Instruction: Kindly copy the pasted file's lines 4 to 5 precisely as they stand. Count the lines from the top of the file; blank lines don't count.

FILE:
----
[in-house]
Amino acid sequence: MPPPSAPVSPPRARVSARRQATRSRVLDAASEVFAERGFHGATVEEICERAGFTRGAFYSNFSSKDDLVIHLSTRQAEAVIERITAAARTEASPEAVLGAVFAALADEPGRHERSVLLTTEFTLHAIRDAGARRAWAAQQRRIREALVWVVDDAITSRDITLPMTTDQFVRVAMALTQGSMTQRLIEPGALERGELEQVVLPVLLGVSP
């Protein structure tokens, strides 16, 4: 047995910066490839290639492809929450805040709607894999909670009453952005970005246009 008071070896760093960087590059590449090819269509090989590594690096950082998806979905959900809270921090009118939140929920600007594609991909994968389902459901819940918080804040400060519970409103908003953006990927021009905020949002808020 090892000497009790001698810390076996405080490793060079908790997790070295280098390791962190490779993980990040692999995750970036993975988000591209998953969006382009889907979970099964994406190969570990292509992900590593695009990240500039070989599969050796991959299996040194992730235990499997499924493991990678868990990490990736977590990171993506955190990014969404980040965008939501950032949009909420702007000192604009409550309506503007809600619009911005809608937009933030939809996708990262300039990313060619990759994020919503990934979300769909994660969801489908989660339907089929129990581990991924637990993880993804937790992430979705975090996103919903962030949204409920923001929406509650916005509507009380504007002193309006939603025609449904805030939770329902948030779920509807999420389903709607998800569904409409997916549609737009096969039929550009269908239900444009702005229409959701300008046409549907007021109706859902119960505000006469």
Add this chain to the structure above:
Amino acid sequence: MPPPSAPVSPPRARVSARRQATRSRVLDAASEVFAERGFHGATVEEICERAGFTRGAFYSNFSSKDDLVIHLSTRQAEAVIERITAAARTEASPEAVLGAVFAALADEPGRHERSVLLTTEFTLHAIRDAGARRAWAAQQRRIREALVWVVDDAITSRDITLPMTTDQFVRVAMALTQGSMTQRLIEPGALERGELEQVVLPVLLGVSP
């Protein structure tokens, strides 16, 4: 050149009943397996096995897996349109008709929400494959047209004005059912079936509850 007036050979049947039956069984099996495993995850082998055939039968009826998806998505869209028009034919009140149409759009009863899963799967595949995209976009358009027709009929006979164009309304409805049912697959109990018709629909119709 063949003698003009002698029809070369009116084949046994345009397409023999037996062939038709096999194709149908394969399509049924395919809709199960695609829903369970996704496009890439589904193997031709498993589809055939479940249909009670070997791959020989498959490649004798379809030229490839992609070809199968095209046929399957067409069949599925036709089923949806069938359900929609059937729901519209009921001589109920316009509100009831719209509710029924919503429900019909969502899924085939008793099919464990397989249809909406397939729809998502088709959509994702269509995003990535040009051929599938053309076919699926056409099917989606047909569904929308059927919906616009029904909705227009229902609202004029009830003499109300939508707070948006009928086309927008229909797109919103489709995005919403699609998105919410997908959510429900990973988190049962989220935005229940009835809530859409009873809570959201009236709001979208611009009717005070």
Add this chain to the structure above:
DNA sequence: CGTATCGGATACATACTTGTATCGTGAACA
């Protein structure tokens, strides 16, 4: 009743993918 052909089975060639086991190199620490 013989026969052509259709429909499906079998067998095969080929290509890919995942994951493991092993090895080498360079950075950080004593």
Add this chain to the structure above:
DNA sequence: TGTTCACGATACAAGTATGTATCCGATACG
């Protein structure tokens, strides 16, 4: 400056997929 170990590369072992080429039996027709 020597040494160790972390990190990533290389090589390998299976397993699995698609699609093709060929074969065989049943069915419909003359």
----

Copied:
Add this chain to the structure above:
Amino acid sequence: MPPPSAPVSPPRARVSARRQATRSRVLDAASEVFAERGFHGATVEEICERAGFTRGAFYSNFSSKDDLVIHLSTRQAEAVIERITAAARTEASPEAVLGAVFAALADEPGRHERSVLLTTEFTLHAIRDAGARRAWAAQQRRIREALVWVVDDAITSRDITLPMTTDQFVRVAMALTQGSMTQRLIEPGALERGELEQVVLPVLLGVSP